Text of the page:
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  #2521  
Old Posted Nov 23, 2020, 2:42 PM
west-town-brad west-town-brad is offline
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Originally Posted by Ned.B View Post
I am fairly certain that Asbury Plaza is not clad in anything and that is exposed structural concrete. I think building is all structural shear walls with very few or no structural columns. As such it would be very difficult to add anymore than add a few additional windows and overclad the building as a giant aluminum box or fake glass box. Neither of those seem likely because I doubt the expense would justify any minor increase in desirability or rents. I think a full demolition will be unlikely unless it's replacement is on the scale of One Chicago Square.

My guess is as long as there are renters out there who don't mind the building's appearance and don't care that their unit has only 1, 2, or 3 windows, or property values in Chicago become great enough to purchase a large perfectly viable, and bunker like concrete building and then tear it down, that Asbury isn't going away for some time.
aside from the parking garage, it has a certain soviet style elegance to it. and there will always be demand for well maintained and inexpensive housing so I bet it survives as is.
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  #2522  
Old Posted Nov 24, 2020, 2:29 AM
Ravenswood Ravenswood is offline
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In Chicago, residential high-rises are mostly reinforced concrete but office towers are mostly steel-framed.

Why is this so?

It’s not always the case. For example, 311 S. Wacker is a concrete office building. But it seems to be a general rule.

Some have suggested that concrete deadens noise better. But I’ve lived in concrete high-rises that are still plenty loud. I’ve also heard that steel offers larger floor plates for office uses.

Thoughts?
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  #2523  
Old Posted Nov 24, 2020, 2:31 AM
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BVictor1 BVictor1 is online now
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Quote:
Originally Posted by Ravenswood View Post
In Chicago, residential high-rises are mostly reinforced concrete but office towers are mostly steel-framed.

Why is this so?

It’s not always the case. For example, 311 S. Wacker is a concrete office building. But it seems to be a general rule.

Some have suggested that concrete deadens noise better. But I’ve lived in concrete high-rises that are still plenty loud. I’ve also heard that steel offers larger floor plates for office uses.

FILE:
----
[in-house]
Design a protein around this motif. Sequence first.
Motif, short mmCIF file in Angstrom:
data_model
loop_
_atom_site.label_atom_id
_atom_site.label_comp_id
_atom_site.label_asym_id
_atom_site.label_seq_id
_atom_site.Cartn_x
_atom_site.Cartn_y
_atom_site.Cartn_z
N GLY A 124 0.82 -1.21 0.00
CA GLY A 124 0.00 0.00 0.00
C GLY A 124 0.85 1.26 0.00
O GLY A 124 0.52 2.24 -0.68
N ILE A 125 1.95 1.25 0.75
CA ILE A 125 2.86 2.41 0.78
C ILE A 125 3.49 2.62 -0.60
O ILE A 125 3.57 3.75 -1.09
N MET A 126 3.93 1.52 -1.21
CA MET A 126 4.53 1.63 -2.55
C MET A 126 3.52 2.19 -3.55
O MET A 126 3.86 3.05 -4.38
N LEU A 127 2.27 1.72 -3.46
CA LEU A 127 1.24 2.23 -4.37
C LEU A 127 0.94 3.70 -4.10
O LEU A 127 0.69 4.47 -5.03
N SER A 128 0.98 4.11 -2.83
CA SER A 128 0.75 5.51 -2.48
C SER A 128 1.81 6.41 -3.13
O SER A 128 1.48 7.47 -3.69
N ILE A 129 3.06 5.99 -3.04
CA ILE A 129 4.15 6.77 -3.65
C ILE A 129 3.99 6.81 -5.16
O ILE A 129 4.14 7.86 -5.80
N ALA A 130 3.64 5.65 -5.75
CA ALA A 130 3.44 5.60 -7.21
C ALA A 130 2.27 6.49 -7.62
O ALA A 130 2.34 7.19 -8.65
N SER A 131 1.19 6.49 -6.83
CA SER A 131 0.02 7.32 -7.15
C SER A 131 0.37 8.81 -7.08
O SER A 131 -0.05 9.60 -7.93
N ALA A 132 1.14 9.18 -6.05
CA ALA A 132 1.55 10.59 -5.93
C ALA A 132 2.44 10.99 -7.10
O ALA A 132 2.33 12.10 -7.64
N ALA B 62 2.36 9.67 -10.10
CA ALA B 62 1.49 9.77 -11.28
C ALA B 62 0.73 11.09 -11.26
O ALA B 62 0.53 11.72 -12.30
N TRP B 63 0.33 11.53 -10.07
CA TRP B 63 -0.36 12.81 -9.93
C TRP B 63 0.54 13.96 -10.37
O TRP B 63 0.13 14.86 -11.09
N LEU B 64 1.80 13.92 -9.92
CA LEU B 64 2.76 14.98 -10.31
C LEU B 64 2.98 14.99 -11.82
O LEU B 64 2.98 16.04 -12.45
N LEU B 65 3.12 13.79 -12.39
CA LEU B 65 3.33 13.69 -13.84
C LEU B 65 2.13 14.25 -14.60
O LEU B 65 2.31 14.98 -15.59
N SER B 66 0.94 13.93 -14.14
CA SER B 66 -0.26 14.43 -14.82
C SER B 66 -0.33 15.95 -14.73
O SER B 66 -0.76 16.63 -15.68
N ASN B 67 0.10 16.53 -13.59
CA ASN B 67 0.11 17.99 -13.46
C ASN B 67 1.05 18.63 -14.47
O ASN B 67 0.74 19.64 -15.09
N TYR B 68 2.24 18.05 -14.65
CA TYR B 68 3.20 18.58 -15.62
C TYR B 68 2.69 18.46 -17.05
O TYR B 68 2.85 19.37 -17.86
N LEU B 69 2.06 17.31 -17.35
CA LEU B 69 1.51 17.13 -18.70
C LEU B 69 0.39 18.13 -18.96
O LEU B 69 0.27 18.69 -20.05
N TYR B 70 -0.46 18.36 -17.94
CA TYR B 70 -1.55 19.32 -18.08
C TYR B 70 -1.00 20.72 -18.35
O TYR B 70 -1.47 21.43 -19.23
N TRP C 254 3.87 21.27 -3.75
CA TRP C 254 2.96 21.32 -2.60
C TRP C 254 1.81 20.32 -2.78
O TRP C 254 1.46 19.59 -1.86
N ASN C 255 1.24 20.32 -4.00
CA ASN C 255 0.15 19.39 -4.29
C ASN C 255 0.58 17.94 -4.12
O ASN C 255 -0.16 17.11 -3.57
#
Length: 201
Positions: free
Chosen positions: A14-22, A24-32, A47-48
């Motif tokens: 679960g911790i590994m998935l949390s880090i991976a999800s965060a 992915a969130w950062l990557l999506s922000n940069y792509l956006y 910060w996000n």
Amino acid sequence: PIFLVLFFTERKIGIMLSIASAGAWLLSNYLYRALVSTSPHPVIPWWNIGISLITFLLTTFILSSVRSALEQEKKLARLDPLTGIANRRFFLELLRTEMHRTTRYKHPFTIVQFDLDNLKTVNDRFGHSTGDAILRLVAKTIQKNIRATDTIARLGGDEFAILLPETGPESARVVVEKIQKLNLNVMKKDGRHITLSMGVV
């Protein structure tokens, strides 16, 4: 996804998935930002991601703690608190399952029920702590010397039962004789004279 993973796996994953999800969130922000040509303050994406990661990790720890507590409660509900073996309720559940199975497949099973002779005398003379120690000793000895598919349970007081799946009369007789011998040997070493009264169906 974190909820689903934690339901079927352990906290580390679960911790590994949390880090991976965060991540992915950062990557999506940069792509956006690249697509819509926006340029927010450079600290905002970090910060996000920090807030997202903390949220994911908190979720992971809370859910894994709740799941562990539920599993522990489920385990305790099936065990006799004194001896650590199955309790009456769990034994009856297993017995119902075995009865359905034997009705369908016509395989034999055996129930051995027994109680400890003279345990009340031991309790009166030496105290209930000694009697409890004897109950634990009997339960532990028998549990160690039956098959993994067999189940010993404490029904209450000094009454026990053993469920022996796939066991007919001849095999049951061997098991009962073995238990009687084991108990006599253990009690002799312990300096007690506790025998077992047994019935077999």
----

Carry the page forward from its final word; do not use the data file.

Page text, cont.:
Thoughts?

Reinforced concrete is less pliable and is better for lateral forces (wind) in residential towers. Less sway...
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  #2524  
Old Posted Nov 24, 2020, 3:36 AM
Bombardier Bombardier is offline
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Quote:
Originally Posted by Ravenswood View Post
In Chicago, residential high-rises are mostly reinforced concrete but office towers are mostly steel-framed.

Why is this so?

It’s not always the case. For example, 311 S. Wacker is a concrete office building. But it seems to be a general rule.

Some have suggested that concrete deadens noise better. But I’ve lived in concrete high-rises that are still plenty loud. I’ve also heard that steel offers larger floor plates for office uses.

Thoughts?
Several reasons...
- Steel makes sense for offices because steel allows for a larger bay spacing that is more conducive to office layouts.
- Steel allows for easier reconfiguration for changing tenants over time.
- Steel more easily allows for the taller floor to floor height of office structures compared to concrete as the formwork takes more time to install when the floor to floor height is taller.
- Concrete allows for plumbing and electrical to be cast into the slabs which prevents the need for a full dropped ceiling and allows for a shorter floor to floor height than an office use, thereby saving cost.
- Post tensioned concrete is generally used in Chicago and allows for significant cost savings over traditionally reinforced concrete. This makes residential concrete structures more economical, but does not allow for offices to be concrete because post tensioned concrete cannot be easily cored through during future tenant buildouts. (311 S Wacker and 10 S - 30S Wacker are all traditionally reinforced concrete structures).

I'm sure others can expand on this list.
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  #2525  
Old Posted Nov 28, 2020, 3:01 PM
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harryc harryc is offline
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Looking N Up State, from IBM plaza


Looking N Up Dearborn from Marina City


Looking E down Chicago




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  #2526  
Old Posted Yesterday, 10:52 PM
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